7. Sep 18, 2011 #6
    You're right... and of course, there shouldn't be any intersection since if m1 goes to zero so does the acceleration.
    If by your definition(and you have to elaborate on that) M_total = m1+m2, then yes.. but that makes the slope not so easily calculable, you'd get an inverse of x, in fact.
  8. Sep 18, 2011 #7
    So it has an inverse relationship for the slope? So it's just 1/(m1+ m2)?
  9. Sep 18, 2011 #8
    In this case, yes, it's best to find the inverse, or 1/a.
    However please make sure you refer exactly to what your assignment asks you, and what does it mean by M total...
  10. Sep 18, 2011 #9
    M_total refers to the mass of m2 and m1
  11. Sep 19, 2011 #10
    Then you've done everything properly.
  12. Sep 19, 2011 #11
    I'm going to ask one more thing, it is asking to find acceleration due to gravity (g) from the slope of my graph and % error. I know how to use percent error but I don't know exactly how to find acceleration due to gravity. My equation for my line is as follows Y = 21.4x + 0.0139
  13. Sep 19, 2011 #12
    If you look at your equation for a, you have a = (m1/(m1+m2))*g, by getting two values for m1, with m2 and the respective "a"s known, you can calculate g. An error is estimated by: value/range_of_measurement.
    Feel free to ask as much, and as frequently as you like :), so long as I am of any use :D?
  14. Sep 19, 2011 #13
    So basically plug in one of my datas for the m's and then solve for g? So my "a" is 21.4?

    If so, I am getting 447.91 for g :\?
  15. Sep 20, 2011 #14
    You've said :
    That means, that (m1*g)/(m1+m2) is your dependent variable times the slope.
    In other words, if we were to assume, that this function obeys some law like:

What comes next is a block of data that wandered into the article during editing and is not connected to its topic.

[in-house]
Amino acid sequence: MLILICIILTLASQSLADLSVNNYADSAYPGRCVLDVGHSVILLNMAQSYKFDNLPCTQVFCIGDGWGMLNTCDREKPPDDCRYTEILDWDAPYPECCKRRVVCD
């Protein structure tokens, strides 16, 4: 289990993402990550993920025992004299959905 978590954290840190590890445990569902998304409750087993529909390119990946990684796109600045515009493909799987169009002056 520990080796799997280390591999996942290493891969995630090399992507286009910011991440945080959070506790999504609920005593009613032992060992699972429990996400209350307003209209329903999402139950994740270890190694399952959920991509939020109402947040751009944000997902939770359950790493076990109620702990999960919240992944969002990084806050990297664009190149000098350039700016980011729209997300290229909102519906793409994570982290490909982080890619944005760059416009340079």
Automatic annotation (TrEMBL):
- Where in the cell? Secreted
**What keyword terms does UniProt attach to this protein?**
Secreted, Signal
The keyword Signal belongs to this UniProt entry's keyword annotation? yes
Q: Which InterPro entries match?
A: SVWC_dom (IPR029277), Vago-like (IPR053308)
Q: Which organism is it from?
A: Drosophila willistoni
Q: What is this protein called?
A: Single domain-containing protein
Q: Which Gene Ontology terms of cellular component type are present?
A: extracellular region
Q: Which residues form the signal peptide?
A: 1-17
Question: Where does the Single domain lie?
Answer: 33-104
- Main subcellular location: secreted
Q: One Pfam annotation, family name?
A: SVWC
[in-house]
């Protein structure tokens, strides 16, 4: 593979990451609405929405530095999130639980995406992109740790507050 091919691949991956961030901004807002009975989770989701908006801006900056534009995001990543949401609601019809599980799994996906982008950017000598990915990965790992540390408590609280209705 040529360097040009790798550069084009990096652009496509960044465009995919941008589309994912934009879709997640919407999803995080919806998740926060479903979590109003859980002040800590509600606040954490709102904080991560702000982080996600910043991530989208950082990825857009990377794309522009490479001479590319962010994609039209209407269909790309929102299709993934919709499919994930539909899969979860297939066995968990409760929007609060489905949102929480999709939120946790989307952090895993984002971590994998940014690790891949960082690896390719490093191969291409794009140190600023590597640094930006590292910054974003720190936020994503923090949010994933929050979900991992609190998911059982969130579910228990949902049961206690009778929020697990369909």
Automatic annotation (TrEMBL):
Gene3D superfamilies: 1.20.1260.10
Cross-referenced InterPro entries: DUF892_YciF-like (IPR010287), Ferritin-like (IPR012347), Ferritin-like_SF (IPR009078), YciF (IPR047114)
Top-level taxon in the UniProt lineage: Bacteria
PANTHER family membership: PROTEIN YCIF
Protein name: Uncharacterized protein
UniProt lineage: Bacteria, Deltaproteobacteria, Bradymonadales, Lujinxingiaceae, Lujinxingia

[itex]\Large \frac{m_1g}{m_1+m_2} = k\cdot{m_1} [/itex], Then k, the slope of your best fit, is in fact that illusive "21.4".
    Plug that in, with the neceesary M_total(m1+m2), and find g, in other words:
    [itex] g = k(m_1+m_2) [/itex]
  16. Sep 20, 2011 #15
    Yay, I think I got now, thanks! Why do you think the gravity value that I am getting is less than gravity? I would say the string, pulley, and air resistance play roles in affecting the acceleration due to gravity.

    You've been really helpful, and I promise this will be my last question on this matter :].
  17. Sep 21, 2011 #16
    Now that's a promise I'd rather you didn't keep! :D...
    If you take a look, one important factor, is the pulley. It's not ideal, and as a result there's varying tension on the string, causing what's known as torque. Since the pulley, not being a massless object, therefore has a moment of inertia, once it's already rotating, actually facilitates movement, and along with the torque acting on it, accelerates the mass' downward motion. Air resistance also negates gravity by acting upward, along with the string; The table also has resistance, in the form of friction, and so on, and so on...
    By-the-by, do your values really diverge that greatly?